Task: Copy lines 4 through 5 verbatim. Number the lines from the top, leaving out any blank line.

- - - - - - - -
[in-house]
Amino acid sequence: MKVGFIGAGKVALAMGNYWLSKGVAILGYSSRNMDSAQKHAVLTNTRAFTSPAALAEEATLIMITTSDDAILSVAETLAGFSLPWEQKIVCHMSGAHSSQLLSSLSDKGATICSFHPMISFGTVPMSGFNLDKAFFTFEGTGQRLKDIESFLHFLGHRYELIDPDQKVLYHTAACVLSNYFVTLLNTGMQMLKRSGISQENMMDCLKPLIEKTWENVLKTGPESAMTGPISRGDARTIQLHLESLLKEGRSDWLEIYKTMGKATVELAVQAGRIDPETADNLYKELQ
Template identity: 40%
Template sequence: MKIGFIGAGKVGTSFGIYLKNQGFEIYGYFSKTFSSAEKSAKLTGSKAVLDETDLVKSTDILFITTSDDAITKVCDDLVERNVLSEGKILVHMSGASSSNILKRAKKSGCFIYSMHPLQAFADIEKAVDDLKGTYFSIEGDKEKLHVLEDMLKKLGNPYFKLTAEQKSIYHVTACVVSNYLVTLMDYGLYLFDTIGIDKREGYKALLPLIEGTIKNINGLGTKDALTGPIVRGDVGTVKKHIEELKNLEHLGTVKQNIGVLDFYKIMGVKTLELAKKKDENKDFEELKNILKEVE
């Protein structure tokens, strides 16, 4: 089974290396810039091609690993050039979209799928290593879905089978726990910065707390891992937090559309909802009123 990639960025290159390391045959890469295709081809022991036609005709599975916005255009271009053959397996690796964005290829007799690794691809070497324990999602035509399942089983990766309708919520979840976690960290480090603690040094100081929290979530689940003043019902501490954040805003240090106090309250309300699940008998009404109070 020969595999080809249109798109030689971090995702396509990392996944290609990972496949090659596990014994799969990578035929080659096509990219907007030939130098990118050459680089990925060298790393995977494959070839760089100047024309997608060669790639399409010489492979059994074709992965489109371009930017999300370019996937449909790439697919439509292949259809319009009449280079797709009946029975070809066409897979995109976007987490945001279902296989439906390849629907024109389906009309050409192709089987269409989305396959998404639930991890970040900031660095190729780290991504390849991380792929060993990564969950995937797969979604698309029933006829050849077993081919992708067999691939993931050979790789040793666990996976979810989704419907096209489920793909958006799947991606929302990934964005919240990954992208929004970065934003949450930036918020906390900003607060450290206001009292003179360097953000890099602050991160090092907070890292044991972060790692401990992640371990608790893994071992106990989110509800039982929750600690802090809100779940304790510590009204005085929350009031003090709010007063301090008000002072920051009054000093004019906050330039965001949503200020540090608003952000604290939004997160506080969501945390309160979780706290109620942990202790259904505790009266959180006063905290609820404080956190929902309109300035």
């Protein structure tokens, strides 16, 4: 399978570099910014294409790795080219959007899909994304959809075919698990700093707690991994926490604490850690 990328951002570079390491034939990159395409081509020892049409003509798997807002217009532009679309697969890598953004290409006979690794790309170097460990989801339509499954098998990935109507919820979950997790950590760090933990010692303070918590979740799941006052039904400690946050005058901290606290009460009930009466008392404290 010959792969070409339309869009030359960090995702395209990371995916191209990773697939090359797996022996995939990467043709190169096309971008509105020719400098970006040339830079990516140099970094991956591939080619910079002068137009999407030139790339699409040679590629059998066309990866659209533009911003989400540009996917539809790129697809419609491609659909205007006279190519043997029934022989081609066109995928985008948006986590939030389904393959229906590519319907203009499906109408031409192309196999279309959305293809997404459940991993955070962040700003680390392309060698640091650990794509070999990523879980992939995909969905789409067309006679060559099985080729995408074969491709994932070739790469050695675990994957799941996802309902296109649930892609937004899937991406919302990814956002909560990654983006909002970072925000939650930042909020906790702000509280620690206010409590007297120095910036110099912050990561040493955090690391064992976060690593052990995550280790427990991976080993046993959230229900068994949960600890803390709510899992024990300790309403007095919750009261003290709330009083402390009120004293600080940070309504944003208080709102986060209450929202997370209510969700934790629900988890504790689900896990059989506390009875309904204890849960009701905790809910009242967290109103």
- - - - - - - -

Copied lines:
Template sequence: MKIGFIGAGKVGTSFGIYLKNQGFEIYGYFSKTFSSAEKSAKLTGSKAVLDETDLVKSTDILFITTSDDAITKVCDDLVERNVLSEGKILVHMSGASSSNILKRAKKSGCFIYSMHPLQAFADIEKAVDDLKGTYFSIEGDKEKLHVLEDMLKKLGNPYFKLTAEQKSIYHVTACVVSNYLVTLMDYGLYLFDTIGIDKREGYKALLPLIEGTIKNINGLGTKDALTGPIVRGDVGTVKKHIEELKNLEHLGTVKQNIGVLDFYKIMGVKTLELAKKKDENKDFEELKNILKEVE
């Protein structure tokens, strides 16, 4: 089974290396810039091609690993050039979209799928290593879905089978726990910065707390891992937090559309909802009123 990639960025290159390391045959890469295709081809022991036609005709599975916005255009271009053959397996690796964005290829007799690794691809070497324990999602035509399942089983990766309708919520979840976690960290480090603690040094100081929290979530689940003043019902501490954040805003240090106090309250309300699940008998009404109070 020969595999080809249109798109030689971090995702396509990392996944290609990972496949090659596990014994799969990578035929080659096509990219907007030939130098990118050459680089990925060298790393995977494959070839760089100047024309997608060669790639399409010489492979059994074709992965489109371009930017999300370019996937449909790439697919439509292949259809319009009449280079797709009946029975070809066409897979995109976007987490945001279902296989439906390849629907024109389906009309050409192709089987269409989305396959998404639930991890970040900031660095190729780290991504390849991380792929060993990564969950995937797969979604698309029933006829050849077993081919992708067999691939993931050979790789040793666990996976979810989704419907096209489920793909958006799947991606929302990934964005919240990954992208929004970065934003949450930036918020906390900003607060450290206001009292003179360097953000890099602050991160090092907070890292044991972060790692401990992640371990608790893994071992106990989110509800039982929750600690802090809100779940304790510590009204005085929350009031003090709010007063301090008000002072920051009054000093004019906050330039965001949503200020540090608003952000604290939004997160506080969501945390309160979780706290109620942990202790259904505790009266959180006063905290609820404080956190929902309109300035």